Sunday, March 07, 2010

Saw THE CRAZIES this weekend

Whilst out and about yesterday I got to see The Crazies, which opened a little over a week ago.

The Crazies was a movie that wasn't quite what I was expecting, but was far better than I had anticipated. I haven't seen the 1973 original directed by George Romero (who also produced this remake) but from what I understand the premise is the same: a military cargo plane crashes near a small town and begins leaking something into the water supply. The "something" in question happens to be a virus engineered for biological warfare. Needless to say, this can't end well for the people of Ogden Marsh, Iowa. Usually decent-minded folks begin going mad with homicidal tendencies. And then like what usually happens in tales like this, the military comes in to mop-up the mess and try to contain the infection before it spreads out into the wider world.

I think what makes The Crazies stand out most to me in terms of modern-day cinematic retelling is that this is a film that doesn't use the opportunity to pour on the extra gory. Director Breck Eisner took the road less traveled and made The Crazies a story about survival against the odds, instead of focusing too much time on the nastier things that the virus is causing these people to do. I liked that. It's not something that is often seen in modern horror movies but I appreciated it greatly.

By the way, don't leave just yet as the movie ends. There's one more bit of The Crazies that plays during the credits that you won't wanna miss.

1 comment:

Todd W in NC said...

I'm not a big fan of horror movies, so I went into this movie with some trepidation. I was pleasantly surprised though.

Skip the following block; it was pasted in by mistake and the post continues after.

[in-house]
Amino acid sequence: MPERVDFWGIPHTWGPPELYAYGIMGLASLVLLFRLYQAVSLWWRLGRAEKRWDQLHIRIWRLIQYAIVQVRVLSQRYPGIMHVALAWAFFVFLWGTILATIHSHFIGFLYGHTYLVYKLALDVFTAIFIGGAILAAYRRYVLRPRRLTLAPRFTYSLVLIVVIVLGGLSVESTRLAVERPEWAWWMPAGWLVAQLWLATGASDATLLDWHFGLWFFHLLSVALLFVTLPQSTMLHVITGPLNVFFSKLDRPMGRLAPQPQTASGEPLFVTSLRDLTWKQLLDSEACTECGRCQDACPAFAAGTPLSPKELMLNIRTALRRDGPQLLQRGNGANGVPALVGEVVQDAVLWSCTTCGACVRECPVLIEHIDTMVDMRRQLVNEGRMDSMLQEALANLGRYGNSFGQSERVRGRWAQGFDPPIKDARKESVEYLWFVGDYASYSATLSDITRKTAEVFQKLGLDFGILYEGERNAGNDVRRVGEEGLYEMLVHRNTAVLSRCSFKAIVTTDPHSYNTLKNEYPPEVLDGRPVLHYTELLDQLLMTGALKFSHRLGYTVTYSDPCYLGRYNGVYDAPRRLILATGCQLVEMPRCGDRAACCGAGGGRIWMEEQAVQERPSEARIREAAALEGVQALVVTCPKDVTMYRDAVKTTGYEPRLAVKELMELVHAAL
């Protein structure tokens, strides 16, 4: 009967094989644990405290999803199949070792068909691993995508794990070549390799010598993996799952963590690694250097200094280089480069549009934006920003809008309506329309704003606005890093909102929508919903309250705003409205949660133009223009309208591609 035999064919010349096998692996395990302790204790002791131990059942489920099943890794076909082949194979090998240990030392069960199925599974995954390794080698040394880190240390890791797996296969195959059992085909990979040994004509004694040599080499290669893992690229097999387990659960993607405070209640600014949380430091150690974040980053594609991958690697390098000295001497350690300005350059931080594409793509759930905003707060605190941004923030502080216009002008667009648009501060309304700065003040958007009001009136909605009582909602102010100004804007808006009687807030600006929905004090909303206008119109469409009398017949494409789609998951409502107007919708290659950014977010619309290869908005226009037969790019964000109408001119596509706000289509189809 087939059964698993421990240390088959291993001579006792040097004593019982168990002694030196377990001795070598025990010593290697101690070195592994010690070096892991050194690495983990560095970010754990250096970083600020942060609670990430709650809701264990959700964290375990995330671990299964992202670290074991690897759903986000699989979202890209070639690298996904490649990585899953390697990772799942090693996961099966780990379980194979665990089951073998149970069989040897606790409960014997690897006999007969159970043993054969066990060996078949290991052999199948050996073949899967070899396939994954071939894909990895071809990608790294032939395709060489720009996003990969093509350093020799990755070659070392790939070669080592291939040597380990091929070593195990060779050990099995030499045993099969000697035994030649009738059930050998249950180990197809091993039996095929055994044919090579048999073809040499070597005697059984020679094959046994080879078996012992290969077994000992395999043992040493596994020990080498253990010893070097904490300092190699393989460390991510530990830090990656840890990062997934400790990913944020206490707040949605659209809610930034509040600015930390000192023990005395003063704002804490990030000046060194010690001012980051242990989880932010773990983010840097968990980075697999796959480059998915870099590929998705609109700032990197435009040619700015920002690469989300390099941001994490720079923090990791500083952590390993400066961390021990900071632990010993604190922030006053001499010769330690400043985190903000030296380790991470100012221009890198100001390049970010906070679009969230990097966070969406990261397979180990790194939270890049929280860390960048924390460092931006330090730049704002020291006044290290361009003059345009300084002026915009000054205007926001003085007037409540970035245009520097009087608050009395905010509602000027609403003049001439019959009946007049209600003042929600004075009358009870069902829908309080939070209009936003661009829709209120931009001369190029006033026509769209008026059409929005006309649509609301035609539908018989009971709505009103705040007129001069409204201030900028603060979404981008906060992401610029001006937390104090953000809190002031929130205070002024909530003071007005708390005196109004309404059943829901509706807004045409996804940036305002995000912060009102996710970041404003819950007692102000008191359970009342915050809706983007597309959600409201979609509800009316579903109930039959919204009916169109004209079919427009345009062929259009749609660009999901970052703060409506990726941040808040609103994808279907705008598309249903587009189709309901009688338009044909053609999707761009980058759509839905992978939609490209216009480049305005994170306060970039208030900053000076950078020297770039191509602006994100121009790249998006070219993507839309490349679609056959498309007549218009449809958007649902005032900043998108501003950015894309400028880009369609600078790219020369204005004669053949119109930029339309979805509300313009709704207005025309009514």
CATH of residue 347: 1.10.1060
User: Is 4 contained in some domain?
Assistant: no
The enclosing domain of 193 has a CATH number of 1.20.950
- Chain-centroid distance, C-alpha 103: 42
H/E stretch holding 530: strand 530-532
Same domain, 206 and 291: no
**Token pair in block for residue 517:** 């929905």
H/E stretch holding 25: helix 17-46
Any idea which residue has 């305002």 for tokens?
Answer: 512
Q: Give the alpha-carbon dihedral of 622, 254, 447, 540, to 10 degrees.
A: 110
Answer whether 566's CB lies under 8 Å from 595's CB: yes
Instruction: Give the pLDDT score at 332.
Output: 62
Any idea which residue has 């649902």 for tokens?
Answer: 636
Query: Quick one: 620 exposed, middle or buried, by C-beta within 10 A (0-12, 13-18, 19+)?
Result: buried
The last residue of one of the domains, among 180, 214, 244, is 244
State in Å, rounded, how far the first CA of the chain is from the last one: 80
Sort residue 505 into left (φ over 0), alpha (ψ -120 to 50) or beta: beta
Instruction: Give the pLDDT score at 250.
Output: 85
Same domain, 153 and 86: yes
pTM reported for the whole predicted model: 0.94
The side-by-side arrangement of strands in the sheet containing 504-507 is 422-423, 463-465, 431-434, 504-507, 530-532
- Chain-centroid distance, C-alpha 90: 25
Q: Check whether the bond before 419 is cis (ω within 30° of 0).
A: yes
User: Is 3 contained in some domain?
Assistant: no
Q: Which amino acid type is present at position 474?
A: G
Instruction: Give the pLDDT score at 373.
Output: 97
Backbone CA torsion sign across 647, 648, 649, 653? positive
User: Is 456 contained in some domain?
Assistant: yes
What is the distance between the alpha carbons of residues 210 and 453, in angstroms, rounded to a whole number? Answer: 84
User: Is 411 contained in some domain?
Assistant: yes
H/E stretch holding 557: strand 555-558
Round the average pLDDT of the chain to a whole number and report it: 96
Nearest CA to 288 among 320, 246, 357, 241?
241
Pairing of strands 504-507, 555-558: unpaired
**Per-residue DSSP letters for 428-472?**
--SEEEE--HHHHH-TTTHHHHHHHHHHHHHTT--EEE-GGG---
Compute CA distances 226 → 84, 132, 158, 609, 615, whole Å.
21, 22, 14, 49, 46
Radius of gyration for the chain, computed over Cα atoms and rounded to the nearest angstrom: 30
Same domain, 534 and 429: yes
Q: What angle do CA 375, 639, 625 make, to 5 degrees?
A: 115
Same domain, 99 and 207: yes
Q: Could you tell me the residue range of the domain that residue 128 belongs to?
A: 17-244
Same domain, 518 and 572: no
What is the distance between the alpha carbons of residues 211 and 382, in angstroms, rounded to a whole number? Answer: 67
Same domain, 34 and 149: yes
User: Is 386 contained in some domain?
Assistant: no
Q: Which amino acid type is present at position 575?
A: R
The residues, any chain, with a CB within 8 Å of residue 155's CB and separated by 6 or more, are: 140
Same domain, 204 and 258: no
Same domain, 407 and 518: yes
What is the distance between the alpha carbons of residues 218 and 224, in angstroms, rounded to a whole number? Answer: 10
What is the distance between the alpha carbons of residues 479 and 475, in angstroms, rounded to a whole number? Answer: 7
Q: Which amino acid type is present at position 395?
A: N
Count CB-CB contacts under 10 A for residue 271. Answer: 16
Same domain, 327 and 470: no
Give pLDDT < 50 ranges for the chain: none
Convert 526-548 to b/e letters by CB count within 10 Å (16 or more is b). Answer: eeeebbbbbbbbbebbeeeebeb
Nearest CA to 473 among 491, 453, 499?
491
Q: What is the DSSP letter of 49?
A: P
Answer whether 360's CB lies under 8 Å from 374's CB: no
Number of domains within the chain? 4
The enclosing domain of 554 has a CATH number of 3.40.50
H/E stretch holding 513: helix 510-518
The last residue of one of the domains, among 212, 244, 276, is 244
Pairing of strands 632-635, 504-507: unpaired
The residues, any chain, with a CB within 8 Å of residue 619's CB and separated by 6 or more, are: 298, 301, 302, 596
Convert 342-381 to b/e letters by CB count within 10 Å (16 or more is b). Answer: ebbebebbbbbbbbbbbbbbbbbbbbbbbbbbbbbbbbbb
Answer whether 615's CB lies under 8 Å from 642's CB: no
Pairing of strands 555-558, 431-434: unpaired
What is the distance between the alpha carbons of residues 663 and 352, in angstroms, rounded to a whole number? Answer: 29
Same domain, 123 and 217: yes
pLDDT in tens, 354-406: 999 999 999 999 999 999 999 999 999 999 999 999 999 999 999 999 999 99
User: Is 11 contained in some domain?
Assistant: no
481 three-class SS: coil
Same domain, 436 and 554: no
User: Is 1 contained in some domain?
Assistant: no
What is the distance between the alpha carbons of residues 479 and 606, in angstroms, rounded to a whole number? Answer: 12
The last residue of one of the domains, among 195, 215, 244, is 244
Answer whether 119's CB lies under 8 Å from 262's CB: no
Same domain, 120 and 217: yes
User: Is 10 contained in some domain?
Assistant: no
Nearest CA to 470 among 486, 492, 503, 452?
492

To me, the movie's biggest strength is not treating its characters like idiots. Nobody in the movie does anything blatantly stupid. Considering the rural setting of the movie, that could have been an easy trap for the movie to fall into.

Combined with that and the low-gore factor you mentioned, I think horror filmmakers should take a lesson from this movie.

Sunday, March 07, 2010

Saw THE CRAZIES this weekend

Whilst out and about yesterday I got to see The Crazies, which opened a little over a week ago.

The Crazies was a movie that wasn't quite what I was expecting, but was far better than I had anticipated. I haven't seen the 1973 original directed by George Romero (who also produced this remake) but from what I understand the premise is the same: a military cargo plane crashes near a small town and begins leaking something into the water supply. The "something" in question happens to be a virus engineered for biological warfare. Needless to say, this can't end well for the people of Ogden Marsh, Iowa. Usually decent-minded folks begin going mad with homicidal tendencies. And then like what usually happens in tales like this, the military comes in to mop-up the mess and try to contain the infection before it spreads out into the wider world.

I think what makes The Crazies stand out most to me in terms of modern-day cinematic retelling is that this is a film that doesn't use the opportunity to pour on the extra gory. Director Breck Eisner took the road less traveled and made The Crazies a story about survival against the odds, instead of focusing too much time on the nastier things that the virus is causing these people to do. I liked that. It's not something that is often seen in modern horror movies but I appreciated it greatly.

By the way, don't leave just yet as the movie ends. There's one more bit of The Crazies that plays during the credits that you won't wanna miss.

1 comment:

Todd W in NC said...

I'm not a big fan of horror movies, so I went into this movie with some trepidation. I was pleasantly surprised though.

To me, the movie's biggest strength is not treating its characters like idiots. Nobody in the movie does anything blatantly stupid. Considering the rural setting of the movie, that could have been an easy trap for the movie to fall into.

Combined with that and the low-gore factor you mentioned, I think horror filmmakers should take a lesson from this movie.